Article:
By Jason Douglas and Paul Hannon
LONDON--The Bank of England said Thursday it expects faster growth in the U.K. over the next few years than previously thought, though officials signaled they are in no rush to raise borrowing costs as Britain's exit from the European Union continues to cast a shadow of uncertainty over the economy.
Officials led by Gov. Mark Carney held the central bank's benchmark interest rate steady at 0.25% at the conclusion of their February policy meeting and agreed to halt purchases of government bonds now that they have reached their GBP435 billion ($551 billion) target, the BOE said. A smaller program of corporate bond purchases, scheduled to run for the remainder of the year, will continue.
The central bank's latest forecasts show it expects the economy will grow faster in 2017 and 2018 than it did in November, and that annual inflation will overshoot its 2% target within months, propelled by a weak pound.
Sterling fell to $1.2630 from $1.2670 shortly after the BOE released its policy statement.
Officials reiterated that they are prepared to tolerate a long spell of above-target inflation to keep the economy on an even keel as the U.K. charts its exit from the EU. Prime Minister Theresa May has said she plans to give formal notice of Britain's withdrawal from the bloc before the end of March.
But they also stressed that their tolerance for rapid inflation has limits, and they will consider a rate increase if the economy's performance exceeds their expectations.
"The more time that passed without a noticeable reduction in economic growth, the more difficult it would become to tolerate the extent of the inflation overshoot embodied in the February projections," officials said in the minutes of their policy discussion.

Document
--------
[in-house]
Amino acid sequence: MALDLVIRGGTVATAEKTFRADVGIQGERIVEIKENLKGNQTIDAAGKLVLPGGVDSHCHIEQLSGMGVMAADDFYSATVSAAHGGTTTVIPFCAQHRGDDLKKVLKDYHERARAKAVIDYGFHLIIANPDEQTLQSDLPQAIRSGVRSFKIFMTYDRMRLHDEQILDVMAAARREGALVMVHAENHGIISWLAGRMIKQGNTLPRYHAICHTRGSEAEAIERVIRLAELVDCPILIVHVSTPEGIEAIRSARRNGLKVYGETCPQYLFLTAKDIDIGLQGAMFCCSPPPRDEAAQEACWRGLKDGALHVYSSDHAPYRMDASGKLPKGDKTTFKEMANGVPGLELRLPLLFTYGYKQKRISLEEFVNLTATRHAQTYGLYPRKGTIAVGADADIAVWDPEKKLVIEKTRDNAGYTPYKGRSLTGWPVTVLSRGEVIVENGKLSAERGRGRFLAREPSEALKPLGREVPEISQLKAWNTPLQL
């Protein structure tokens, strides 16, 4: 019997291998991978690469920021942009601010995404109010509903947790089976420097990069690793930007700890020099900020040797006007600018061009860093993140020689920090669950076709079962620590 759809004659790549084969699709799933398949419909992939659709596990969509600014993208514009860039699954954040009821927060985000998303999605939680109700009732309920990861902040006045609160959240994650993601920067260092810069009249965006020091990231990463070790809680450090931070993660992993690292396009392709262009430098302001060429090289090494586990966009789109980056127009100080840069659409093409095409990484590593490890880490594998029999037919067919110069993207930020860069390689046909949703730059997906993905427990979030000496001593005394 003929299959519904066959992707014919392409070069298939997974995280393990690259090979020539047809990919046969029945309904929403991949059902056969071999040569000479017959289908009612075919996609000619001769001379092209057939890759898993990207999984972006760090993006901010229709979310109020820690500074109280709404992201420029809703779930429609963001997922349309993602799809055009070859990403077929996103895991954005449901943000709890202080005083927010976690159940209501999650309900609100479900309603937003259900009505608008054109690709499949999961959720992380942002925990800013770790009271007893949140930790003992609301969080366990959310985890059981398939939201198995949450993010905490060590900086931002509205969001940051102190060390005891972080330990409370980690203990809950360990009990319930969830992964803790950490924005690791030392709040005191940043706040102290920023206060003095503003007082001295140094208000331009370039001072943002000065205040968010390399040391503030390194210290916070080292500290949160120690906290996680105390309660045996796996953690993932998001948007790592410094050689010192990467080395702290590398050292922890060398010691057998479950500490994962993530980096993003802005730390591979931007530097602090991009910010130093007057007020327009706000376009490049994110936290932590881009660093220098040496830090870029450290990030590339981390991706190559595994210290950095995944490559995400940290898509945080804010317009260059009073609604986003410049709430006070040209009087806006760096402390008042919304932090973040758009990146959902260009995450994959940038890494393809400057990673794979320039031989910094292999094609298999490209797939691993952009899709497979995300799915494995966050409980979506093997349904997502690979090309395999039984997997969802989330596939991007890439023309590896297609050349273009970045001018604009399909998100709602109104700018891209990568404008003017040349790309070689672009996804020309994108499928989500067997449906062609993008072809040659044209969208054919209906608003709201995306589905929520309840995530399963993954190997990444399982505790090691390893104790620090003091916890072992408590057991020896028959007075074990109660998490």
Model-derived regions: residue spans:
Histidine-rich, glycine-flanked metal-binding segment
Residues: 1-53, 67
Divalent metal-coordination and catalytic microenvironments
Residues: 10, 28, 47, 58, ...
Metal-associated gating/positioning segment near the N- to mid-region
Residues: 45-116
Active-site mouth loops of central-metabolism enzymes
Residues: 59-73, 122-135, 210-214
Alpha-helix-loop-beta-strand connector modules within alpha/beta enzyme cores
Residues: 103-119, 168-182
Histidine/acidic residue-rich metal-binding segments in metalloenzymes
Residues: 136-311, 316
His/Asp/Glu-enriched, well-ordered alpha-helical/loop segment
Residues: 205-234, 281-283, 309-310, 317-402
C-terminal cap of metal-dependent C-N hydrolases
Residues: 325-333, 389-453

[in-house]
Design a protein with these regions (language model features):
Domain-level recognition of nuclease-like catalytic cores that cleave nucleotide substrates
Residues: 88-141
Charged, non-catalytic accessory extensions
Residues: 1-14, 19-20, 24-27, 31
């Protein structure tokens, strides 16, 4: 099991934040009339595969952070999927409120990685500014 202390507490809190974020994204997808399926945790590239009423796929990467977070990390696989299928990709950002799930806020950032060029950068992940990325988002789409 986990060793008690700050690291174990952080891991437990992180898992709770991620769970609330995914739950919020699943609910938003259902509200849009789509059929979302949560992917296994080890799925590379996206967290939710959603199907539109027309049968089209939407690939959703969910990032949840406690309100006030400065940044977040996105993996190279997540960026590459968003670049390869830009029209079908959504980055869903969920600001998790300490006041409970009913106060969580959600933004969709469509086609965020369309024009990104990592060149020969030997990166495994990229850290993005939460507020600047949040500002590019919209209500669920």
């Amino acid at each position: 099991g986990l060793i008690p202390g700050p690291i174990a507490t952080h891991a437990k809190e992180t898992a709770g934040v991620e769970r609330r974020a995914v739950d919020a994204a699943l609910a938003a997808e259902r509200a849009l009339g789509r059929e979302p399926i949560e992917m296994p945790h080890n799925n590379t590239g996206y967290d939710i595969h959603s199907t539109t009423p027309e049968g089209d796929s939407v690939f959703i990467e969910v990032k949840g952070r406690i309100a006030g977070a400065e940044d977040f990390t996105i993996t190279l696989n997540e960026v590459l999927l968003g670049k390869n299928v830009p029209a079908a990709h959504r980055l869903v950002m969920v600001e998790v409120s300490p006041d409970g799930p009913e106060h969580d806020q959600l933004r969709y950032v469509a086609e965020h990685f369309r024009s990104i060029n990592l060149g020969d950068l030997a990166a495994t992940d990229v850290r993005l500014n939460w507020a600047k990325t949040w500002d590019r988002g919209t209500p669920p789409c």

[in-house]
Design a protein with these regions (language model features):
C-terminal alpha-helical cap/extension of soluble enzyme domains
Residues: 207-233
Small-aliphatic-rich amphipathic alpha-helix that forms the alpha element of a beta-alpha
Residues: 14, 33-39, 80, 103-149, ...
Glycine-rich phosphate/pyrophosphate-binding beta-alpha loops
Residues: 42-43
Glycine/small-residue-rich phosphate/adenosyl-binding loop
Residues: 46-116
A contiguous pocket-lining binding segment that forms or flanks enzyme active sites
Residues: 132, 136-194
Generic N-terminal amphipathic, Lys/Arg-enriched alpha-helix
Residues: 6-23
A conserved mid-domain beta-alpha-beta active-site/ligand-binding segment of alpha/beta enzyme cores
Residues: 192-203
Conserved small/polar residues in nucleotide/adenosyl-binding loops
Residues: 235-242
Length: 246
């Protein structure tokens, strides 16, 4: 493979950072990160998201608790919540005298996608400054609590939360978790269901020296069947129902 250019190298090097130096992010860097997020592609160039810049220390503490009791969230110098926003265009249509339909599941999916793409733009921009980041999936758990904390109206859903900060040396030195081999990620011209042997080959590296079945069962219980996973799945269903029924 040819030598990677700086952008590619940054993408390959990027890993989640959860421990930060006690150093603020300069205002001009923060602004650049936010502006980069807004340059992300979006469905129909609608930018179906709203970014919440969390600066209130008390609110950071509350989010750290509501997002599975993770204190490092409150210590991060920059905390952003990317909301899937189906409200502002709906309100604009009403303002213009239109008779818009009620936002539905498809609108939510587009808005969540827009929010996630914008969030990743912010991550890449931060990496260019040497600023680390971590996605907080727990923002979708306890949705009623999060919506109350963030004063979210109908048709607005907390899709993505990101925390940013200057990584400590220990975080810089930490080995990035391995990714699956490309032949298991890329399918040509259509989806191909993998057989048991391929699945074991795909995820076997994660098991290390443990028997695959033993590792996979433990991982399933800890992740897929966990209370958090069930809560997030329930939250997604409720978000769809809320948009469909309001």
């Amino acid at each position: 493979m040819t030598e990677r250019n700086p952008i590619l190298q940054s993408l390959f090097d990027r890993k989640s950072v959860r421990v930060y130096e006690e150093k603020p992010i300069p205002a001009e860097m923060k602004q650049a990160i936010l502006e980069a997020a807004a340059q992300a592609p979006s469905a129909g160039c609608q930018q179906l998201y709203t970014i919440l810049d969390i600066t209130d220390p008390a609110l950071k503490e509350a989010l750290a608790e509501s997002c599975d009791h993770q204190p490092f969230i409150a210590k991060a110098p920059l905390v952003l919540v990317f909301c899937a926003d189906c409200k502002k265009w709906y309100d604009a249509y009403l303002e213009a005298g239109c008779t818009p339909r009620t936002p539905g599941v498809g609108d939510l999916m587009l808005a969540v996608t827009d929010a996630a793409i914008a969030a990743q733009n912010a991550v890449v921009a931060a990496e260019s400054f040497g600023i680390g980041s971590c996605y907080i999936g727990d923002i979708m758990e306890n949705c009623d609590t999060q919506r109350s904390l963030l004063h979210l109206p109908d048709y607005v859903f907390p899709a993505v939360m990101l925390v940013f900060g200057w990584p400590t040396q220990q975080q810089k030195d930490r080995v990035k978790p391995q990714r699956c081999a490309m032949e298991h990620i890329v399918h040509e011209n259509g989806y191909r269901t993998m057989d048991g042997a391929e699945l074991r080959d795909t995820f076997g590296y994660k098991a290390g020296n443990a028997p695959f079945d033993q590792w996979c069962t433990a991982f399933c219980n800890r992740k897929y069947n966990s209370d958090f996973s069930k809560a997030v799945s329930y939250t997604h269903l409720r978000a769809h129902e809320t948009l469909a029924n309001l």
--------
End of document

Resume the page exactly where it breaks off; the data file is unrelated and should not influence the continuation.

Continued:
The minutes also record that, for some unnamed members of the nine-member Monetary Policy Committee, the case for a rate increase was strengthening, though the panel voted unanimously in February to stay on hold.
In common with many other forecasters, the BOE was wrong-footed in 2016 by the economy's resilience in the wake of June's Brexit vote. The central bank cut interest rates and restarted its bond-buying program in August in anticipation of a sharp slowdown, but buoyant consumer spending in the second half of the year instead helped the U.K. economy notch up the fastest growth rate in 2016 among the Group of Seven leading economies.
The BOE's latest forecasts show it still expects a slowdown in the coming years as quickening inflation and subdued wage growth eat into household spending. But it said Thursday it expects that slowdown to be more gentle than it feared in November, with growth this year now projected at 2% and growth in 2018 at 1.6%, as weaker consumer spending is offset by easier fiscal policy from Mrs. May's government and a healthier growth in the global economy. It previously expected growth of just 1.4% this year and 1.5% in 2018.
Sterling's slide since June's referendum is forecast to drive inflation above its 2% goal by the second quarter of this year. Officials forecast inflation peaking at around 2.7% late next year before drifting gradually back to target. Higher inflation is a price worth paying to avoid job losses, the MPC said.
The central bank drew criticism from pro-Brexit lawmakers ahead of the referendum for warning that the economy might slow if Britons chose to quit the EU. Proponents of withdrawal say the economy will prosper by inking new trade deals across the world and cuttingEU red tape. The BOE said Thursday it still expects uncertainty over the U.K.'s future ties to the EU to weigh on the economy for some time.
In the U.S. Wednesday, the Federal Reserve said it remains on track to gradually raise short-term interest rates this year, though gave no hint about when the next increase might come.
Write to Jason Douglas at firstname.lastname@example.org and Paul Hannon at email@example.com
(END) Dow Jones Newswires
February 02, 2017 07:30 ET (12:30 GMT)
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